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Viva Villa
Director: Jack Conway (Dir)
Release Date:   27 Apr 1934
Premiere Information:   New York opening: 10 Apr 1934; Bridgeport, CT opening: 26 Apr 1934
Production Date:   late Sep 1933--18 Jan 1934; addl scenes began 23 Feb 1934
Duration (in mins):   112 or 115
Duration (in reels):   12
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Cast:   Wallace Beery (Pancho Villa)  
    Leo Carrillo (Sierra)  
    Fay Wray (Teresa)  
    Donald Cook (Don Felipe)  
    Stuart Erwin (Johnny Sykes)  
    Henry B. Walthall (Francisco Madero)  
    Joseph Schildkraut (General Pascal)  
    Katherine de Mille (Rosita)  
    George E. Stone (Emilio Chavita)  
    Phillip Cooper (Pancho, the boy)  
    David Durand (Bugler boy)  
    Frank Puglia (Villa's father)  
    Francis X. Bushman Jr. (Calloway)  
    Adrian Rosley (Mendoza brother)  
    Henry Armetta (Mendoza brother)  
    Pedro Regas (Member of Pascal's staff)  
    George Regas (Don Rodrigo)  
    John Merkyl (Pascal's aide)  
    Charles Stevens (Member of Pascal's staff)  
    Steve Clemento (Member of Pascal's staff)  
    Carlos De Valdez (Old man)  
    Harry Cording (Majordomo)  
    Sam Godfrey (Prosecuting attorney)  
    Nigel De Brulier (Political judge)  
    Charles Requa (Grandee)  
    Tom Ricketts (Grandee)  
    Clarence Hummel Wilson (Jail official)  
    James Martin (Mexican officer)  
    Anita Gordiana (Dancer)  
    Francis McDonald (Villa's man)  
    Harry Semels (Soldier)  
    Julian Rivero (Telegraph operator)  
    Bob McKenzie (Bartender)  
    Dan Dix (Drunkard)  
    Paul Stanton (Newspaper man)  
    Mischa Auer (Military attache)  
    Belle Mitchell (Spanish wife)  
    John Davidson (Statesman)  
    Brandon Hurst (Statesman)  
    Leonard Mudie (Statesman)  
    Herbert Prior (General)  
    Emil Chautard (General)  
    Hector Sarno (Mendoza brother)  
    Ralph Bushman (Calloway)  
    Arthur Treacher (English reporter)  
    William Von Brincken (German reporter)  
    Andre Cheron (French reporter)  
    Michael Visaroff (Russian reporter)  
    Shirley Chambers (Wrong girl)  
    Arthur Thalasso (Butcher)  
    Chris Pin Martin (Peon)  
    Nick De Ruiz (Peon)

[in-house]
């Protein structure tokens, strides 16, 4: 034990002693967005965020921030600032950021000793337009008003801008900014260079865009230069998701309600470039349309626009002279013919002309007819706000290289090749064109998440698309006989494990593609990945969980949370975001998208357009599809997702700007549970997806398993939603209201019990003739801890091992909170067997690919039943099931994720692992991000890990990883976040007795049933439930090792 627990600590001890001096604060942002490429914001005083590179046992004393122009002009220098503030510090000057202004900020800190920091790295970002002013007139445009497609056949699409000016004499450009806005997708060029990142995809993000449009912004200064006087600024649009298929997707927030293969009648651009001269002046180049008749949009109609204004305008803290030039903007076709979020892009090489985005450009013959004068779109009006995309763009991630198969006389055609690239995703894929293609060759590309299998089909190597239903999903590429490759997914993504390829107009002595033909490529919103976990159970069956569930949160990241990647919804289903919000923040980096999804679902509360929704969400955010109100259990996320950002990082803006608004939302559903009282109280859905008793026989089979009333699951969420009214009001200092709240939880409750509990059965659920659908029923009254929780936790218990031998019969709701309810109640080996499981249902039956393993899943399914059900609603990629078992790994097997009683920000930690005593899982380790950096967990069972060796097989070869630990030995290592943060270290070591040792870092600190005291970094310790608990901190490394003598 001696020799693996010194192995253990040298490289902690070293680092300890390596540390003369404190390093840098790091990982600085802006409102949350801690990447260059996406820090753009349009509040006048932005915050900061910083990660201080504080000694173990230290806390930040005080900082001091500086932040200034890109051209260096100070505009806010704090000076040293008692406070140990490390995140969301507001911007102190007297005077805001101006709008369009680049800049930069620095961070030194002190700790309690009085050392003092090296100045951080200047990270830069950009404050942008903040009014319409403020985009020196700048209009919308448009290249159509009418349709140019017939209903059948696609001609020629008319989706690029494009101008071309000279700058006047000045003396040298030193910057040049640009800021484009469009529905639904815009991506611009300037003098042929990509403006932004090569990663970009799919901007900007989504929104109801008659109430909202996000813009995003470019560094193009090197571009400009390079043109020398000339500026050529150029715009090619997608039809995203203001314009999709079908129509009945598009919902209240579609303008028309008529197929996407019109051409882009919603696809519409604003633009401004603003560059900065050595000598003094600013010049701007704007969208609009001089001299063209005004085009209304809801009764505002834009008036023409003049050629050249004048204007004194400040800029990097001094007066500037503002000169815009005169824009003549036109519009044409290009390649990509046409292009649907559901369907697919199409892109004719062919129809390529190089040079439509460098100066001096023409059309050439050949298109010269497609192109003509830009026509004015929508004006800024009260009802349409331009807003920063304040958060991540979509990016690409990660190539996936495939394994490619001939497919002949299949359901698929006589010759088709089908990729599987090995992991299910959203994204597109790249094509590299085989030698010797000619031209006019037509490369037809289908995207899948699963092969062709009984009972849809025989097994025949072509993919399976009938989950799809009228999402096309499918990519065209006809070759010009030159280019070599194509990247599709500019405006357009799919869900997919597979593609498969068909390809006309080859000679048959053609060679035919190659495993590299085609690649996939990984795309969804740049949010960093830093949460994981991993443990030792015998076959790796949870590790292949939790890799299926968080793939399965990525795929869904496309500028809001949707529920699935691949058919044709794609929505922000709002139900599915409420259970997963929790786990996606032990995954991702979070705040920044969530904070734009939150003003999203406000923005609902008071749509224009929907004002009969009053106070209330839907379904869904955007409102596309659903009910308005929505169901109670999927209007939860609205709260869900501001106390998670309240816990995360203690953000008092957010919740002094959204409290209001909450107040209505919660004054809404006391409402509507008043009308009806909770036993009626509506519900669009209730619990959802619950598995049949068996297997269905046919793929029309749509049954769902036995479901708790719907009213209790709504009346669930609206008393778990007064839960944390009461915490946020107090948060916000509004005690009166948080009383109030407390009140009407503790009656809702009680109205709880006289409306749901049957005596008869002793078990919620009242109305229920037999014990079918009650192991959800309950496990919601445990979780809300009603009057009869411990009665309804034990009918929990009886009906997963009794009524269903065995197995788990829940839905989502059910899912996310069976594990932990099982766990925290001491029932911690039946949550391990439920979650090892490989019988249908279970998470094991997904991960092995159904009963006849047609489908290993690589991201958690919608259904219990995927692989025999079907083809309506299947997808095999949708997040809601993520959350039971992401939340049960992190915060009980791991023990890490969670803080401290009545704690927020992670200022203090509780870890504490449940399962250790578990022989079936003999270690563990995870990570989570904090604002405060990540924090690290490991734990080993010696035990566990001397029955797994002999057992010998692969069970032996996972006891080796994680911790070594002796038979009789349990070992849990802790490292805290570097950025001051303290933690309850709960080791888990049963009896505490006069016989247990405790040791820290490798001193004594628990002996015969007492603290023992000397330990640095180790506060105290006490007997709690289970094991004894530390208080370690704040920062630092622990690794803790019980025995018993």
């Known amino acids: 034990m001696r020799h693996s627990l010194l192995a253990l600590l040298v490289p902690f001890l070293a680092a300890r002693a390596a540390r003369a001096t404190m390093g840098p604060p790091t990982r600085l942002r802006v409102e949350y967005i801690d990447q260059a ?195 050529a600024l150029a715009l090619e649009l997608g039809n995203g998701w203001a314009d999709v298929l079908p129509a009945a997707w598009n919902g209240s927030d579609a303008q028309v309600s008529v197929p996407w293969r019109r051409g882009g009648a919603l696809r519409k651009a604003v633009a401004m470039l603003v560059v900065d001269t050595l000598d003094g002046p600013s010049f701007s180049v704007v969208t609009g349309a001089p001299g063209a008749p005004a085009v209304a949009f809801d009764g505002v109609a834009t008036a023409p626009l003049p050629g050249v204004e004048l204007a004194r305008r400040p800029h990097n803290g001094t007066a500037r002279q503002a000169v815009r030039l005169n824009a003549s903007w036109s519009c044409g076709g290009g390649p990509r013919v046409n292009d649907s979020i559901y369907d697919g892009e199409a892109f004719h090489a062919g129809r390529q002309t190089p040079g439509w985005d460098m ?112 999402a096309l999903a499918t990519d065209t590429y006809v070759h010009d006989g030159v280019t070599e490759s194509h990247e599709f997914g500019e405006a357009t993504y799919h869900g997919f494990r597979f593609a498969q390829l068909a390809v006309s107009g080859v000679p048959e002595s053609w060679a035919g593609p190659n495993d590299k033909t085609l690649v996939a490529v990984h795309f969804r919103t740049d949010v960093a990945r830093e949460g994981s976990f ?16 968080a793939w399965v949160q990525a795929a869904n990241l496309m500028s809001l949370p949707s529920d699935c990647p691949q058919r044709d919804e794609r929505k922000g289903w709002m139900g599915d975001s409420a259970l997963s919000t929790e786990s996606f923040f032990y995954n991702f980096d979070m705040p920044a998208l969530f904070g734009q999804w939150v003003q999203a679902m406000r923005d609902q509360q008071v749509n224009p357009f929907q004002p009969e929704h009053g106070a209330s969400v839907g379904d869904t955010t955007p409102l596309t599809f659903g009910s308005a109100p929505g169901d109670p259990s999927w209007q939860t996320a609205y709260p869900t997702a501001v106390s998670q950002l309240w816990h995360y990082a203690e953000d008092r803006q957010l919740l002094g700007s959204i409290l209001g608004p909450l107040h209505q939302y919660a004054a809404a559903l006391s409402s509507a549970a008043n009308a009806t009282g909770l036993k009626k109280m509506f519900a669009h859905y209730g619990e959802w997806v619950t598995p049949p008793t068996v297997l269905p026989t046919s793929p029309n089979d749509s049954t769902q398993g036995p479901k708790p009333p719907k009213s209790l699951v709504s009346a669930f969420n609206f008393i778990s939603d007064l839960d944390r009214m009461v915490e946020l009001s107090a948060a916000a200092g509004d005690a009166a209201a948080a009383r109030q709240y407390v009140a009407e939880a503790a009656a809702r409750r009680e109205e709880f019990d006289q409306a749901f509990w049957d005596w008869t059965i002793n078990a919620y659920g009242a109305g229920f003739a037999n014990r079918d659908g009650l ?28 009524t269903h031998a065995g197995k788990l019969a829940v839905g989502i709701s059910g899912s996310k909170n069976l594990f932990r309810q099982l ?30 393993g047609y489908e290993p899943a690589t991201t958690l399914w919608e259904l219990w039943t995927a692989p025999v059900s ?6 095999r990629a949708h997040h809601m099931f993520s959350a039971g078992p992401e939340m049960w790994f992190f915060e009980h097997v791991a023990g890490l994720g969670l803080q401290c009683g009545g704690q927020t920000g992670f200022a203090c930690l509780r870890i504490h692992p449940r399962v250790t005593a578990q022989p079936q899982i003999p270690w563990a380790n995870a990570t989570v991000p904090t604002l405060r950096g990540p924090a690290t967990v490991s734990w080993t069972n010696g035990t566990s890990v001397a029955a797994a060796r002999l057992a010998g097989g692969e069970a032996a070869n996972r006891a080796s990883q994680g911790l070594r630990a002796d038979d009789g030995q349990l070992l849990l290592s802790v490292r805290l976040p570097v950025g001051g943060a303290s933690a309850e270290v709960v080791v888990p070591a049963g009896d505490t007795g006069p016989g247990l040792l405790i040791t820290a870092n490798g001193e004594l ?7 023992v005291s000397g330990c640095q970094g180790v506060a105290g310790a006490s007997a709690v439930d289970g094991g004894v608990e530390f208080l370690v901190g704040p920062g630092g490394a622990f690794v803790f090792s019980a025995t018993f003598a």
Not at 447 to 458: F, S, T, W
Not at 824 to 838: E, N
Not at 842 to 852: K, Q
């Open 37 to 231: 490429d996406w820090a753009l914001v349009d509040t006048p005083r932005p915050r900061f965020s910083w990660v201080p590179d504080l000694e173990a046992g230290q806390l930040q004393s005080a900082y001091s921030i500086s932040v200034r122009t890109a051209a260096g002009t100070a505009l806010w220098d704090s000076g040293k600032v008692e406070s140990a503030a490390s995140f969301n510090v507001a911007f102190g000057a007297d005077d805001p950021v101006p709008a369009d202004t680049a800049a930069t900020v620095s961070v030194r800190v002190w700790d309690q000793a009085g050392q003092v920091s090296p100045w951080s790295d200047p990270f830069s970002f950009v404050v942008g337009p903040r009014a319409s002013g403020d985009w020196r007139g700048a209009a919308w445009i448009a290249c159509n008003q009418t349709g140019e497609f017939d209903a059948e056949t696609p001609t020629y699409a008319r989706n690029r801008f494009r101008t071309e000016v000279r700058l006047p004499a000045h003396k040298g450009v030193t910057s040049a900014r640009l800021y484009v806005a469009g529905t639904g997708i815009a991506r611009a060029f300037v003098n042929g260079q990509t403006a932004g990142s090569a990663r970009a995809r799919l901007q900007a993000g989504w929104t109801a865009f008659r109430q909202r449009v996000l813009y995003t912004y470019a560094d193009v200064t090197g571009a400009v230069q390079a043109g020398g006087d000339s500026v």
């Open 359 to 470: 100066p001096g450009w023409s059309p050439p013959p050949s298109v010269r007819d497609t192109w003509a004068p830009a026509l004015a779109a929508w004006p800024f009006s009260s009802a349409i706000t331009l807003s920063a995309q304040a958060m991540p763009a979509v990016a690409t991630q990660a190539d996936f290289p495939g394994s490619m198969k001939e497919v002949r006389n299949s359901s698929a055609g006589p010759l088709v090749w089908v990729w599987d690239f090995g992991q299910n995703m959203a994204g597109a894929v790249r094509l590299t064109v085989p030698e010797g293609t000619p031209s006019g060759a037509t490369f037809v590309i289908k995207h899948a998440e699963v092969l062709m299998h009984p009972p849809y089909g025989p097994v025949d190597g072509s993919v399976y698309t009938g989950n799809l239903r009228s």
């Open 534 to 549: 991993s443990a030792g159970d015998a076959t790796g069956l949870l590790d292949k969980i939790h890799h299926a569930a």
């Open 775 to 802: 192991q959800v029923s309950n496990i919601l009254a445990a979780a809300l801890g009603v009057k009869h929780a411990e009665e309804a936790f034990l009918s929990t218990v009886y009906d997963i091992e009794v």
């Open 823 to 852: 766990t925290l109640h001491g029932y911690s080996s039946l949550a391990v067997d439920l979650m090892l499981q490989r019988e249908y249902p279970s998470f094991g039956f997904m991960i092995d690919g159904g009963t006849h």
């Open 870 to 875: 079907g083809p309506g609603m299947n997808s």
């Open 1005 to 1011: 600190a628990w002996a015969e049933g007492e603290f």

Summary: In the 1880's, after his "peon" father dies from a whipping ordered by a greedy Spanish landowner, Pancho Villa stabs and kills the executioner and then flees into the hills of Chihuahua, Mexico. Many years later, the now grown Pancho enjoys a reputation as "The Cucaracha," a notorious bandit who robs and kills the wealthy and befriends the poor. One day, Pancho's army of avenging bandits is joined by American reporter Johnny Sykes, whom Pancho commandeers to write flattering, exciting reports about the bandits' exploits. As the term of Mexican president Porfirio Diaz reaches its height of bloody injustice, Pancho is called by Don Felipe, an aristocratic revolutionary, to see Francisco Madero, a gentle rebel known as "The Christ-Fool." Moved by Madero's patriotic words, Pancho agrees to help lead a revolutionary army and orders his men to become "soldiers of liberty." After Don Felipe, an aristocratic revolutionary, introduces notorious womanizer Pancho to his beautiful sister Teresa, Pancho rounds up the nation's poor and leads them into many battles. Although successful in combat, Pancho is reprimanded by Madero for killing the wounded enemy and is sent to take orders from General Pascal, who is about to attack government stronghold Santa Rosalia. When, however, Johnny mistakenly reports to his newspaper that the revolutionary army has already taken Santa Rosalia, Villa promises the journalist that his story will not be refuted and refuses to obey Pascal's orders to wait several weeks to attack. Villa's subsequent success at Santa Rosalia and at Juarez eventually leads to the abdication of Diaz and the naming of Madero as president. In spite of his victories, Villa is advised by Madero to return to the country and give up soldiering. Although suspicious of Pascal, who is accompanying Madero to Mexico City, Villa agrees to return to Chihuahua and disbands his army. Later, while Madero struggles to pass land reform legislation, Villa is arrested after his murderous henchman, Sierra, kills a bank clerk who had refused to give Pancho his savings after closing time. The day before Pancho is to be executed for the crime, Pascal, who is overseeing the killing, receives a telegram from Madero, which stipulates that Pancho is to be exiled. Crushed by the apparent betrayal of his beloved Madero, Pancho goes to El Paso, Texas, and becomes a drunk. In Mexico City, before his land reform measure is passed, Madero is assassinated by Pascal and his co-conspirators. Johnny eventually tracks Pancho to El Paso and inspires him to return to Mexico and oust Pascal. Although Pancho leads his "peon" army to a new series of victories, his brutal combat tactics outrage Don Felipe and Teresa. Desperate to possess Teresa, Pancho tries to force himself on her, and when she resists his advances, Sierra shoots and kills her. Later, following a long siege of Pascal's fortress, Pancho overthrows his enemy and condemns him to a slow, torturous death. As the new leader of Mexico, Pancho is overwhelmed with mounting economic problems and, once Madero's land reform is instituted, gladly relinquishes his authority. Back in Chihuahua, as he chats with Johnny outside a butcher shop, Pancho is shot to death by the revenge-crazy Don Felipe.